Launching an ecommerce business can be confusing. An entrepreneur must choose a shopping cart and find sources for inventory. And, there are questions regarding accounting, liability, and filing regulatory documents. Those questions can create enough confusion to halt the journey before it begins.
It doesn’t have to be that way.
For this “Ecommerce Know-How,” I asked Certified Public Accountant Ryan L. Ross about the quickest and most cost-effective ways to set up your ecommerce business, and get it off the ground.
A prospective business owner based in the U.S. has three choices when it comes to creating the new enterprise. He or she can create a sole proprietorship, an S corporation (the “S” refers to a subchapter of the U.S. Internal Revenue Code), or an LLC (limited liability company.) Taking no action will, by default, result in the creation of a sole proprietorship.
If you have no partners in your business then a sole proprietorship is an option for you. It is the simplest type of business to form and ensures that you will pay no corporate taxes. You will, however, pay taxes on all of the business profits, regardless of whether you distribute the money to yourself. In short, the government recognizes no distinction between you the business owner and you the individual.
The primary downside of sole proprietorship is risk. There is no legal distinction between you and the business. That means you are liable for all debts, and no protection exists for you personally in the event the company is sued.
An S corporation can be formed with one or numerous (up to 100) shareholders. An S corporation pays no income taxes. Shareholders report their pro-rata profits or losses on their individual income tax returns, similar to the reporting of profits by sole proprietors. But, with an S corporation, the government makes a clear distinction between the business and the individual.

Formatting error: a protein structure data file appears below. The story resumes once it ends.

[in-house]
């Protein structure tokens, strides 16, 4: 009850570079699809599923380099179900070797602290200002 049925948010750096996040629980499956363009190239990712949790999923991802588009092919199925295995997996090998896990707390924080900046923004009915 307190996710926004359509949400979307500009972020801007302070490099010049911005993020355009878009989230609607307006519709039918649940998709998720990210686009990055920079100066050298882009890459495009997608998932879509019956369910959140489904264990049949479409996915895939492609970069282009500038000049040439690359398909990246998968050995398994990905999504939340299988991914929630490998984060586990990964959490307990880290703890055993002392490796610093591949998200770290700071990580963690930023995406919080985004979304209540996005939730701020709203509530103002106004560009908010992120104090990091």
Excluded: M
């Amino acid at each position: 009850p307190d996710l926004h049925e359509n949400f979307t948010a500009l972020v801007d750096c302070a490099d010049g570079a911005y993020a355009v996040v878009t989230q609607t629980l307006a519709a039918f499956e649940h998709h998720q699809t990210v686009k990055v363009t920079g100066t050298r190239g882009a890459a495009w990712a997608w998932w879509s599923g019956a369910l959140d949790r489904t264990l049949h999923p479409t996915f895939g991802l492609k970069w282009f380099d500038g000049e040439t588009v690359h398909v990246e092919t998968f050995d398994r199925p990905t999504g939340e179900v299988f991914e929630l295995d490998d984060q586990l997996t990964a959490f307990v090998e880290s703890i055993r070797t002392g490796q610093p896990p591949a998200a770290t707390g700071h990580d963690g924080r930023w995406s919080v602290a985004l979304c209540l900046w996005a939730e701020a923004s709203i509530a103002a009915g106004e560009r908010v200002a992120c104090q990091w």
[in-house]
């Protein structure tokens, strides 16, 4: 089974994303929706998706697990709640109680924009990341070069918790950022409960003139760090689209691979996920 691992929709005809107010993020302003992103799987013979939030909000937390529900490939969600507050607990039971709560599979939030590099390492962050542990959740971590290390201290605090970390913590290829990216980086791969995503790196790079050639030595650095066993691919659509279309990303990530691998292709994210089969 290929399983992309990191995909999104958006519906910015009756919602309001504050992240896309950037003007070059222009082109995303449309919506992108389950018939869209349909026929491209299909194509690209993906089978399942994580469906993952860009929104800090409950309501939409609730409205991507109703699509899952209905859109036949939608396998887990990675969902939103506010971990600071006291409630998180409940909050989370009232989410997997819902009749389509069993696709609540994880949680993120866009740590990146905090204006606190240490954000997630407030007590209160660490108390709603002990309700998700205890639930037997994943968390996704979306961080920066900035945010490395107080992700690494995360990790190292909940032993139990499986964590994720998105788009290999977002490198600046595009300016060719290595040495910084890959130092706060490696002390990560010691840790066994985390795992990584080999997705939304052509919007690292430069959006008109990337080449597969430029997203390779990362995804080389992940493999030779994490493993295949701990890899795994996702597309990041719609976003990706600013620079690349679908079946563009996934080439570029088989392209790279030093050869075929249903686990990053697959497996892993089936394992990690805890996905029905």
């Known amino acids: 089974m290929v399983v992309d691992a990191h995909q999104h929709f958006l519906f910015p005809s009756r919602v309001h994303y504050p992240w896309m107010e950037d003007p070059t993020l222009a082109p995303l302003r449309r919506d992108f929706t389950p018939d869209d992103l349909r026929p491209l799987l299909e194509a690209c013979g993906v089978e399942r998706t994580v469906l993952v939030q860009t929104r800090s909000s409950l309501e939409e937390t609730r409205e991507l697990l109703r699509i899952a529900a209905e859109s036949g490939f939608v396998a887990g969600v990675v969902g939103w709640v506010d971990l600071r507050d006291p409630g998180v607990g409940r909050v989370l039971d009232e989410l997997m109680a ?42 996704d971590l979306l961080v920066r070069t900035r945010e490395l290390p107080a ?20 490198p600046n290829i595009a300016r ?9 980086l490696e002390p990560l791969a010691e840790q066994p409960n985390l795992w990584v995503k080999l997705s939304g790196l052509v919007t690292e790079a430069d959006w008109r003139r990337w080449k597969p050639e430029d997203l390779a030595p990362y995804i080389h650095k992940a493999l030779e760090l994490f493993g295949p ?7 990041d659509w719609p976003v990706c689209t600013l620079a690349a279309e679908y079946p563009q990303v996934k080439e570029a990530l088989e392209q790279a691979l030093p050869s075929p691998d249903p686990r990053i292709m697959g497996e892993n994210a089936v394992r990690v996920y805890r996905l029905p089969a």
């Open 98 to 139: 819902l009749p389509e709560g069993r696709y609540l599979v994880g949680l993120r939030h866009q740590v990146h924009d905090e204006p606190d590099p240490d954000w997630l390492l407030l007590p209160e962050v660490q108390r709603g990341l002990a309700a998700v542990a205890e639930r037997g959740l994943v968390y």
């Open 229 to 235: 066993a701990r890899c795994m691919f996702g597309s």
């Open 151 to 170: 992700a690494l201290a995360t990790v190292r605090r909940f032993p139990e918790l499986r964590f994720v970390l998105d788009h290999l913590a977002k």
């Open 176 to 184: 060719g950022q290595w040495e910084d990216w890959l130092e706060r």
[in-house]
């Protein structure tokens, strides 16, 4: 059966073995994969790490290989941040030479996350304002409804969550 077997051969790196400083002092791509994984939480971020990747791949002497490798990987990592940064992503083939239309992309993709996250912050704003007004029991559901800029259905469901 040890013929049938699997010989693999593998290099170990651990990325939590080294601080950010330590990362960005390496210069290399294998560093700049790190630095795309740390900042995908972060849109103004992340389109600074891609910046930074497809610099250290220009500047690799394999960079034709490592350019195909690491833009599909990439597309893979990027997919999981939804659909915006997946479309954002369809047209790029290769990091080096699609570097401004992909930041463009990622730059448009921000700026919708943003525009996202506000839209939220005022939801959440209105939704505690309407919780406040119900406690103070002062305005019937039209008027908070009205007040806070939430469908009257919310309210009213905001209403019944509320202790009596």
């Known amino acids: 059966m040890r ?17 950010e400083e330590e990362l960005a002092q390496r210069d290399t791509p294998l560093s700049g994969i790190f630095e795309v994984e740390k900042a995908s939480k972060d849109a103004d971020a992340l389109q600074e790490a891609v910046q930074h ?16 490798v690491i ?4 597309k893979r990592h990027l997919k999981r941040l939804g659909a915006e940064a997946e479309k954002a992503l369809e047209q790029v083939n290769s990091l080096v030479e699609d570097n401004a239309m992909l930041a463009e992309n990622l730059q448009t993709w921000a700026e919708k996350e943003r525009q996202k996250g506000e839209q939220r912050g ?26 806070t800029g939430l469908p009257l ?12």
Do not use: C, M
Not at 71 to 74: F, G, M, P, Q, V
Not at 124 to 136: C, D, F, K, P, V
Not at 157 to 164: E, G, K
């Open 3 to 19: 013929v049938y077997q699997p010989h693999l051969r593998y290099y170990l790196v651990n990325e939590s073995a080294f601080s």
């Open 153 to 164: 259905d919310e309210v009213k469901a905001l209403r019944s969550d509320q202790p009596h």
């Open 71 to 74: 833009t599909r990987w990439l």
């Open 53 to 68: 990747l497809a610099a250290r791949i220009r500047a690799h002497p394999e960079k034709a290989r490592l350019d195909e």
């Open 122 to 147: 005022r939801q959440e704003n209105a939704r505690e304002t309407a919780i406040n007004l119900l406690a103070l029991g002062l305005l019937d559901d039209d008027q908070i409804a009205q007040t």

Forming an S corporation limits your risk. If your business fails or becomes targeted in a lawsuit, it is your business and not yourself personally that will be held liable. Ross calls it, “The least expensive form of insurance you can buy.” There are limits on that protection, however, which we will discuss later.
Limited Liability Company
An LLC is not a corporation and therefore requires less paperwork and record keeping. One or more individuals can form a LLC (the individuals are called “members,” versus “shareholders”) and they are taxed according to their pro-rata ownership in the company.
As the name implies, an LLC limits your personal risk or liability. Like an S corporation, you are not, in most cases, personally liable should your business fail or become targeted in a legal action.
How You Should File
Businesses change with time. An ecommerce firm, for example, may start small (perfect for an LLC) and later grow to such a size that incorporating makes sense (an S corp.) However, since changing a business designation can be costly in terms of time and money, potential small business owners were, until a couple of years ago, encouraged to simply file as an S corp. and skip the LLC designation.
Due to changes in tax codes, Ross says he no longer recommends that course of action. He encourages small business owners to file as an LLC. If the business grows as hoped, Ross says it’s relatively simple to file an election to tax as an S corporation while remaining an LLC. Plus, as an LLC, you will not have deal with the legalities of holding regular board meetings.
Ross discourages the formation of a sole proprietorship for clients who plan to run a sustainable, growing business over the long term. The risk is just too great.
A Final Word About Liability
Virtually every kind of online business will have potential liability issues. The parent of a toddler could sue a toy seller, a furniture seller could be held liable for an injury caused by a broken chair, and a memorabilia dealer could face legal action if an item is deemed to be a fake. That’s why Ross advises his clients to purchase insurance for their business.
Creating an LLC or S corp. will protect you, the individual, financially. But there are caveats: “The corporate veil” can be pierced in cases of gross negligence or fraud, or in the instances of slopping record keeping that co-mingles personal and business affairs. Under those circumstances the individual can be held liable for damages.
The complexities of forming a business should not be a barrier to entry. That’s because, as Ross stressed, it’s not that complicated. Meet with an accountant about your particular needs, file your business online via the secretary of state’s website, and (particularly if there is more than one owner in your company) consult an attorney. And then get to work.
- National Federation of Independent Business
- Small Business Administration